Personally, I think the logo looks like something you'd see on an Adobe software package (same font). If this logo is supposed to show the industry that CASIS is serious about space, they certainly picked the wrong logo to do so. What this logo has to do with evoking an image of utilizing the ISS escapes me.

Maybe they were thinking of this movie space ship and its domes when they came up with this logo. The movie title certainly describes how CASIS has conducted itself since last year.

Keith's note: During today's NASA/FAA teleconference, Charlie Bolden said that the new commercial crew Space Act Agreements are targeted for July. However, Phil McAlister said that these downselects will not be "downselects" at all but will be open to any bidder. However Rep. Frank Wolf recently issued a press release that said "Additionally, NASA has stated that it will reduce the number of awards anticipated to be made this summer from the 4 awards made under commercial crew development round 2 to not more than 2.5 (two full and one partial) CCiCAP awards. This downselect will reduce taxpayer exposure by concentrating funds on those participants who are most likely to be chosen to eventually provide service to ISS."

Hmm. "reduce the number of awards" and "this downselect will reduce ..." It certainly sounds like Rep. Wolf thinks that he has agreed to a NASA "downselect". Phil might want to check with Rep. Wolf on this.

Teledyne to Develop Space-Based Digital Imaging Capability

"Teledyne Technologies Incorporated announced today that its subsidiary, Teledyne Brown Engineering, Inc., in Huntsville, Ala., was awarded a Cooperative Agreement by NASA to foster the commercial utilization of the International Space Station. Under the agreement, Teledyne Brown will develop the Multi-User System for Earth Sensing (MUSES), an Earth imaging platform, as part of the company's new commercial space-based digital imaging business. Teledyne expects to provide the first commercial imaging system on board the facility."

Keith's 14 Jun note: There is no mention of CASIS or the ISS National Lab in this press release. No mention is made on the CASIS website. No mention is made at the NASA ISS National Lab website either. I thought this was the sort of thing NASA wanted CASIS to be doing? Guess not. It would seem that one does not have to deal with CASIS in order to use the ISS.

Keith's 15 Jun update: According to Twitter posts provided last night by CASIS employee Justin Kugler (@phalanx) the TBE agreement was done independent of CASIS: "MUSES was created as a National Lab Enabling project. It is not new. TBE registered with CASIS as an implementation partner" and "TBE is an implementation partner and MUSES preceded the transition. And we have been helping them with potential users.". Kugler added that "NASA is retaining the projects they are funding because of legal requirements."

CASIS Must Succeed: And It Can if We Make it So, CASIS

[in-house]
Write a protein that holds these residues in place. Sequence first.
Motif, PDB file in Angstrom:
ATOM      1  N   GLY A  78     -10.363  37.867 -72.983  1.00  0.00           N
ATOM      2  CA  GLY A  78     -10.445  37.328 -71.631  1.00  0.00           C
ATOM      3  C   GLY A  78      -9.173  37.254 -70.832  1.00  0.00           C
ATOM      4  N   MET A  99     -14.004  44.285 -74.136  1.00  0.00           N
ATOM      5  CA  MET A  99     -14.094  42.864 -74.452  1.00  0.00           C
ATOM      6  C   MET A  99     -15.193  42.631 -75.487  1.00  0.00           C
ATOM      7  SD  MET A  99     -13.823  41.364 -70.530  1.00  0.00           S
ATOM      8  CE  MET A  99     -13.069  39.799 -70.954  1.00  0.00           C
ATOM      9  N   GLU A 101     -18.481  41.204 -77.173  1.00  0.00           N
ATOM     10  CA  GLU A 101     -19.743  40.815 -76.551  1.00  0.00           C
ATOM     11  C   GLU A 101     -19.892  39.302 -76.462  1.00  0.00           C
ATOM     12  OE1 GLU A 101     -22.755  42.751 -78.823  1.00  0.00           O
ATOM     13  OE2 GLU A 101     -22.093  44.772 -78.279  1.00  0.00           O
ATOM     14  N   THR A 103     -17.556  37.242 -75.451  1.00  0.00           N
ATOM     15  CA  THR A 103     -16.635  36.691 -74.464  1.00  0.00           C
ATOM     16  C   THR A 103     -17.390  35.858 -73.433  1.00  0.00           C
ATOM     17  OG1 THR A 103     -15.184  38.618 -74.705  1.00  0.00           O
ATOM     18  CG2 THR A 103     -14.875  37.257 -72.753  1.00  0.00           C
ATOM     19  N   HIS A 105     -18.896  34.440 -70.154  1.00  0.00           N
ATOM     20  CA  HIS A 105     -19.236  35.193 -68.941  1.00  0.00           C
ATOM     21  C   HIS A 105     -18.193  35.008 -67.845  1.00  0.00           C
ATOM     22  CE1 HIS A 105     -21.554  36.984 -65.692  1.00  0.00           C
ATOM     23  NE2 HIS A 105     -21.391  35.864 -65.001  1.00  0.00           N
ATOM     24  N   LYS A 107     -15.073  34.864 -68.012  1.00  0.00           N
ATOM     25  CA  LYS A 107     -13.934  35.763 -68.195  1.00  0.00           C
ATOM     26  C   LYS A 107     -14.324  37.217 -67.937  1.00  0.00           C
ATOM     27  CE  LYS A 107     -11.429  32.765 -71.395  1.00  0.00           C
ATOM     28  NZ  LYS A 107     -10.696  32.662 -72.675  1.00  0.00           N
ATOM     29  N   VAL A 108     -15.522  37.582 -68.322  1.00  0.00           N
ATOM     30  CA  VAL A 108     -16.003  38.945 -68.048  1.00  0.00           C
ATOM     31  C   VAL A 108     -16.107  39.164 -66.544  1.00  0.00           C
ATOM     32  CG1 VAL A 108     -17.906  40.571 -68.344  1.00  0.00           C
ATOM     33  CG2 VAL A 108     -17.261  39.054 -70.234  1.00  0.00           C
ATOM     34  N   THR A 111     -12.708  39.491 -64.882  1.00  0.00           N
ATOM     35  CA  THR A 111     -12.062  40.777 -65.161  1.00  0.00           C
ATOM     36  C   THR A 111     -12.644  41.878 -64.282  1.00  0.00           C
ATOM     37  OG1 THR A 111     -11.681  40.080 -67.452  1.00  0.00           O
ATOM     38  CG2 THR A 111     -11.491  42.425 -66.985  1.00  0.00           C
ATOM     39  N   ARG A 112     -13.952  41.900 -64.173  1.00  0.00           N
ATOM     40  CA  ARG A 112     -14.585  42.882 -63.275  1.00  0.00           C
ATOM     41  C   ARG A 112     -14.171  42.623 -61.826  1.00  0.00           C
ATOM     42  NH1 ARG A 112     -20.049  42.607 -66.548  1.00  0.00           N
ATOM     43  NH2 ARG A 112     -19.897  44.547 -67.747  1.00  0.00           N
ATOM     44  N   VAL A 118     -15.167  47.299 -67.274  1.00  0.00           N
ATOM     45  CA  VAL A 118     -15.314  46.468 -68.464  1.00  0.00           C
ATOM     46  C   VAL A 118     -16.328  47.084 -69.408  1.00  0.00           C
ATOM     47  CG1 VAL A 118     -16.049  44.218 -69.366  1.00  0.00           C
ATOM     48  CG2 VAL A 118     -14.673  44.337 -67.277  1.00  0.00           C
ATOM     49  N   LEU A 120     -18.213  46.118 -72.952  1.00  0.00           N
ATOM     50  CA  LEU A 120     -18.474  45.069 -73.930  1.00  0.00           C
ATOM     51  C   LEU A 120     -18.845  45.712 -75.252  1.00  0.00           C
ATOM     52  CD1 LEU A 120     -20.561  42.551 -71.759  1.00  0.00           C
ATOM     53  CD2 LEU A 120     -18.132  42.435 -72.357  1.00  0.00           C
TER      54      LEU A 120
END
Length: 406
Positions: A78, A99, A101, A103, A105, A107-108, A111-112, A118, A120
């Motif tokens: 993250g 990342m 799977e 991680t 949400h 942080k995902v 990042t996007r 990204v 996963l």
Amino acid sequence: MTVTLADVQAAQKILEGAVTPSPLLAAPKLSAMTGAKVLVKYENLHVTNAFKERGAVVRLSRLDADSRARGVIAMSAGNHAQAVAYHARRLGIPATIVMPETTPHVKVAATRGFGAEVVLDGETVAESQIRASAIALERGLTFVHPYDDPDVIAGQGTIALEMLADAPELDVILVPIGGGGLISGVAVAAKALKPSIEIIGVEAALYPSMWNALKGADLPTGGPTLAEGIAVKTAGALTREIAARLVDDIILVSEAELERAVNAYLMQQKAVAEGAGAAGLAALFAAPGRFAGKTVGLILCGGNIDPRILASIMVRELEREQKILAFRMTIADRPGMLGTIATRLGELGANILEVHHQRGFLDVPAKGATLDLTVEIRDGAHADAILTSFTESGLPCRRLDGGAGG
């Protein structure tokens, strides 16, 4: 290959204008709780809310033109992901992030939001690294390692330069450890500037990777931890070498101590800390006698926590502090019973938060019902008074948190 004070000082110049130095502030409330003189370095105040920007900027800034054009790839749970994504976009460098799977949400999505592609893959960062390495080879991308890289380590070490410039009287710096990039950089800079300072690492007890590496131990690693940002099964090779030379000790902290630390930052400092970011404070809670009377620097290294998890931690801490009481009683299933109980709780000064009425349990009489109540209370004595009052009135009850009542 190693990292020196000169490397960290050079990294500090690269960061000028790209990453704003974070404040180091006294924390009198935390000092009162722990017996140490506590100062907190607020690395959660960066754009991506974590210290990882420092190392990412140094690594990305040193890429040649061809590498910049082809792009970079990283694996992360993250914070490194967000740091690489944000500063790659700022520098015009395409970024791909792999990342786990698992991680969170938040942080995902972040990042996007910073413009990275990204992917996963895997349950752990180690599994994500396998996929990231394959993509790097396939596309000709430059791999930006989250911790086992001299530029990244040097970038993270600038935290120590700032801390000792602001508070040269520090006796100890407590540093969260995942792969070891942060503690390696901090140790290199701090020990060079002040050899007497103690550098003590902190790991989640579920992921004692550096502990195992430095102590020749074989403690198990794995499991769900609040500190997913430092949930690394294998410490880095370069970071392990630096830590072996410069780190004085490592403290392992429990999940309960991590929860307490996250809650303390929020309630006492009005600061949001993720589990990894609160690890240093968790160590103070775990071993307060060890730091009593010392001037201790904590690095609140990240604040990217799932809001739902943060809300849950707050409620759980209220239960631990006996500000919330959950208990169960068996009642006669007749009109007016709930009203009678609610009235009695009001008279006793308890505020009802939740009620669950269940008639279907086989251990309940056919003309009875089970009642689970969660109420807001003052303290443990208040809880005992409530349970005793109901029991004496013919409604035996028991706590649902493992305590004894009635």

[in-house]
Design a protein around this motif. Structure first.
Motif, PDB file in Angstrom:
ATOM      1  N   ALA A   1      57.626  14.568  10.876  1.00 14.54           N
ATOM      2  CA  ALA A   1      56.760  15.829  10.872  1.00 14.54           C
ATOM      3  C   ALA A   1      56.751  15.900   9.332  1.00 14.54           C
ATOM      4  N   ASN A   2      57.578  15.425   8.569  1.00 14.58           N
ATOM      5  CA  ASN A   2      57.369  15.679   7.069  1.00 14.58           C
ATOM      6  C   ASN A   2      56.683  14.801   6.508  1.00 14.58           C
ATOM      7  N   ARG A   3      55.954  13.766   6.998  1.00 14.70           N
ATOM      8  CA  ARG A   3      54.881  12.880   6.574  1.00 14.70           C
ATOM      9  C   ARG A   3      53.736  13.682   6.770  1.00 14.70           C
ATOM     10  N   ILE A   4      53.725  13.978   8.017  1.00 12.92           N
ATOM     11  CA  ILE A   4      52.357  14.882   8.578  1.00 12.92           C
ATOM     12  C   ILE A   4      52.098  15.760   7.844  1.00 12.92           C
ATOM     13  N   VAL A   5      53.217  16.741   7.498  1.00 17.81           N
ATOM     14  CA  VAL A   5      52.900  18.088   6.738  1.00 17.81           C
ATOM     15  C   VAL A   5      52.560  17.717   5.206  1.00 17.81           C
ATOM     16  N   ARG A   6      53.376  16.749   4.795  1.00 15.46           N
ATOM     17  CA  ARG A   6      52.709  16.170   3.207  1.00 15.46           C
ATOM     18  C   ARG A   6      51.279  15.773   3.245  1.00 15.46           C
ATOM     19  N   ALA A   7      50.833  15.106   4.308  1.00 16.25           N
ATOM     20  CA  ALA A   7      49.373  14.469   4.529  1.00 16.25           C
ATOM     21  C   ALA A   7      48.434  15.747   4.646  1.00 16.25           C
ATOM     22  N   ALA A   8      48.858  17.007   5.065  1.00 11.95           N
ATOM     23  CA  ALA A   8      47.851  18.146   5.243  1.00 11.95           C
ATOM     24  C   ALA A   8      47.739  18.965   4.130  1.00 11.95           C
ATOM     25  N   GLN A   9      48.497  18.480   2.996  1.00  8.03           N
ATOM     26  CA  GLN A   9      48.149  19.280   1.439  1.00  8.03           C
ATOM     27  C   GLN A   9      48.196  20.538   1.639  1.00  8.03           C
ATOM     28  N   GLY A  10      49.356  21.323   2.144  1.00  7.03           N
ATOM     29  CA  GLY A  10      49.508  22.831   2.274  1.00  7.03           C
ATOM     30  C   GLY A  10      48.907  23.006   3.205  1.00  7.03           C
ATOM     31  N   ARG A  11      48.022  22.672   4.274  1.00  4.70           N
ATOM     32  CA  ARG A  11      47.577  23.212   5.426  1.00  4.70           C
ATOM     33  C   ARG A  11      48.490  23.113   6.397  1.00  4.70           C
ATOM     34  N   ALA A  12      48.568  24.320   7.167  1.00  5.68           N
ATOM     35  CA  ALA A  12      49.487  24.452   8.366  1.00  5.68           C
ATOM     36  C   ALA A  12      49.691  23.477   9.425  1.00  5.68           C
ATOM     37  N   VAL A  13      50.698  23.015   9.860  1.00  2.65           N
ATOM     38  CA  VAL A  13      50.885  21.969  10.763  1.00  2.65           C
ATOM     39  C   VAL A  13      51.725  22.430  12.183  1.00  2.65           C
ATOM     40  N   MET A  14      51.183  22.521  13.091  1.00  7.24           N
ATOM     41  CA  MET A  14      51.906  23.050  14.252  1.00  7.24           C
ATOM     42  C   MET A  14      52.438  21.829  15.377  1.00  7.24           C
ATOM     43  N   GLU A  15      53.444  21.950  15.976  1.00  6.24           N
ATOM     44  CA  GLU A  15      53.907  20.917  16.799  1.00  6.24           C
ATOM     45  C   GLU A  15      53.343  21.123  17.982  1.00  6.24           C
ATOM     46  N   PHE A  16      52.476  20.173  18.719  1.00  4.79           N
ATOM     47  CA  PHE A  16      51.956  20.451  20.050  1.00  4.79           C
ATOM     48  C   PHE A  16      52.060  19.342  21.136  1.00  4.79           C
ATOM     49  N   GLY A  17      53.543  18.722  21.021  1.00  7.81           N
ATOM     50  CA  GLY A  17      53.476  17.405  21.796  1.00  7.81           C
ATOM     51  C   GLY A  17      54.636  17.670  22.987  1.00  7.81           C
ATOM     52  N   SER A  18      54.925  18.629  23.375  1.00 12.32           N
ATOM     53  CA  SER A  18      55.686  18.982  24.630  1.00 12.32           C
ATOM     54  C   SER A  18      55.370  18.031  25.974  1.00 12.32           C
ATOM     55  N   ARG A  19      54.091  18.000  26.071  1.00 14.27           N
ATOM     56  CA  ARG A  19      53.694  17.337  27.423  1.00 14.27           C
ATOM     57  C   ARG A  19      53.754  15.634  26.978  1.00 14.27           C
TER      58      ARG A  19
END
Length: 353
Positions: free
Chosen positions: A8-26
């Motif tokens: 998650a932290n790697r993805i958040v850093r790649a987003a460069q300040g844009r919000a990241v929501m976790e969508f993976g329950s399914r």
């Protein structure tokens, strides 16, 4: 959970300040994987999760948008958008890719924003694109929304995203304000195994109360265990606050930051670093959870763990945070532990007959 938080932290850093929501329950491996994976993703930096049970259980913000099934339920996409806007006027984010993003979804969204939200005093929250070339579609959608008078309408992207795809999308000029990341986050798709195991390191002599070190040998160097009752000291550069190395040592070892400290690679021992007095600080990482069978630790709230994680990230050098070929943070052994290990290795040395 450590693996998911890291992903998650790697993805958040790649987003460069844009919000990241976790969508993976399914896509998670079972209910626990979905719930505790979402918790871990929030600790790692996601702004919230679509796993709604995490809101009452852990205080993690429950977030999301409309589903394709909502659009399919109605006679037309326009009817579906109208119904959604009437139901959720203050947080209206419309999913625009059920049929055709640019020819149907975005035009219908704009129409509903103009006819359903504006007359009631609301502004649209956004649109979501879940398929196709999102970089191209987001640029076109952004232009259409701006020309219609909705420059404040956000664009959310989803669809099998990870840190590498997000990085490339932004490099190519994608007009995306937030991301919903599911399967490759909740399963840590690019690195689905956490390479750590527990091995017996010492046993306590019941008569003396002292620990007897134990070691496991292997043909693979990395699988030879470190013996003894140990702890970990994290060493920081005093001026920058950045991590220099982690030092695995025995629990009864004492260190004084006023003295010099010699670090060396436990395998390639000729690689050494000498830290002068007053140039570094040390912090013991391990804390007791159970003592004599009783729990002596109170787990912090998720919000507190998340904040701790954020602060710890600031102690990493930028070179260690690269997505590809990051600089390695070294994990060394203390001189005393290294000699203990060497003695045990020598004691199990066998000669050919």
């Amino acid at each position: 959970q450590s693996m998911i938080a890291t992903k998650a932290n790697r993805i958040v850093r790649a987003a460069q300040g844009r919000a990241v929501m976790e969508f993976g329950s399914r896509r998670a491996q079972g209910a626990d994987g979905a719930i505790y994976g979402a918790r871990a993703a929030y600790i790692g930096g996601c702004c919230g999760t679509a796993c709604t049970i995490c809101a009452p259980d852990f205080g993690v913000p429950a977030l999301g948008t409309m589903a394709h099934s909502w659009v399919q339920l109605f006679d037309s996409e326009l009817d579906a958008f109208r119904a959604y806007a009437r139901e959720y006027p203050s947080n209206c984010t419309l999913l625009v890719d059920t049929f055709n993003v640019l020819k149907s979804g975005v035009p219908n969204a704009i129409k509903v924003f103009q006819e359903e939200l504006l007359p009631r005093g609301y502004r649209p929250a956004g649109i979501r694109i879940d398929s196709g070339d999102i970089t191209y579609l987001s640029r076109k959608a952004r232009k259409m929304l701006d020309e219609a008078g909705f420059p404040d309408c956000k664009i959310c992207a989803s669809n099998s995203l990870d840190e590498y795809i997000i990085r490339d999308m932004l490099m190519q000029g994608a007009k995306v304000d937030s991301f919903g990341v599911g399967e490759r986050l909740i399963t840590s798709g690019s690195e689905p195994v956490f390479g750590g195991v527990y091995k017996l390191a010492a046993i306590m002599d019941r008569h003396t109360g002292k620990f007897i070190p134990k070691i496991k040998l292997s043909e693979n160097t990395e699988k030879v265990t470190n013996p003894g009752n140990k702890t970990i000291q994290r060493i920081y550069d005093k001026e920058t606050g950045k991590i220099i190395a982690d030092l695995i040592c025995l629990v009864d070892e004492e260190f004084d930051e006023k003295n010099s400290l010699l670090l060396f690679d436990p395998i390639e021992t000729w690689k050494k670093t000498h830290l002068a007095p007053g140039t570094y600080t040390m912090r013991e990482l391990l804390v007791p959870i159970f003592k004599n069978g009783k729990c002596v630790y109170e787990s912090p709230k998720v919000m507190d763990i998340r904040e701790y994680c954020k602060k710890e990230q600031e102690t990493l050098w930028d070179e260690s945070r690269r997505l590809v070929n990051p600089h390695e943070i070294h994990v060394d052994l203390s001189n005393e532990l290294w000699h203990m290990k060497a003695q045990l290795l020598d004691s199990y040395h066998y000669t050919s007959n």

"CASIS is now the manager of the ISS U.S. National Laboratory. Owing to a slow and unfocused start, tumultuous changes in management after barely six months, and pressure from those who lost the ISS National Lab management contract competition, some have called for CASIS to be removed from the job barely nine months after it was selected. Any move to retire CASIS -- still in its infancy -- and replace it with a still greener successor would be ill advised, I believe. ... I rather doubt that the detractors and would-be successors to CASIS have thought these implications through. But they should. And if they are ISS supporters, they should not only cease their calls to end CASIS and instead support it as it reboots with new leadership and a newfound effectiveness."

Keith's note: (sigh) It's never the fault of CASIS when things go wrong. Oh no. CASIS is the only answer - period. We're stuck with them - no matter what. So get used to it. And if you don't fall in step with whatever CASIS says and does (no matter how much they screw things up) you are a detractor and not a true believer. Yawn.

It is quite clear that CASIS thinks that the choice is to stick with them and their substandard ISS utilization - and not to even think of trying another approach so as to achieve far better utilization of the International Space Station. I vote for "better".

Keith's update: There are some interesting and lengthy comments (below) from someone inside the ISS utilization world that shed some light on issues confronting CASIS.

Next Up: Cygnus

Veteran Space Company Orbital Sciences Ready for ISS, Wired

"With a few decades of space launch experience already under its belt, the Orbital Sciences Corporation is next up to demonstrate cargo delivery capabilities to the International Space Station. With so much attention focused on SpaceX's successful demonstration flight last month, it might be easy to forget Elon Musk's company is just one of two receiving investments from NASA as part of its Commercial Orbital Transportation Services (COTS) program to deliver cargo to the ISS. And unlike upstart SpaceX, the other company in the COTS program is a veteran of the commercial space industry."



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This page is an archive of entries in the ISS News category from June 2012.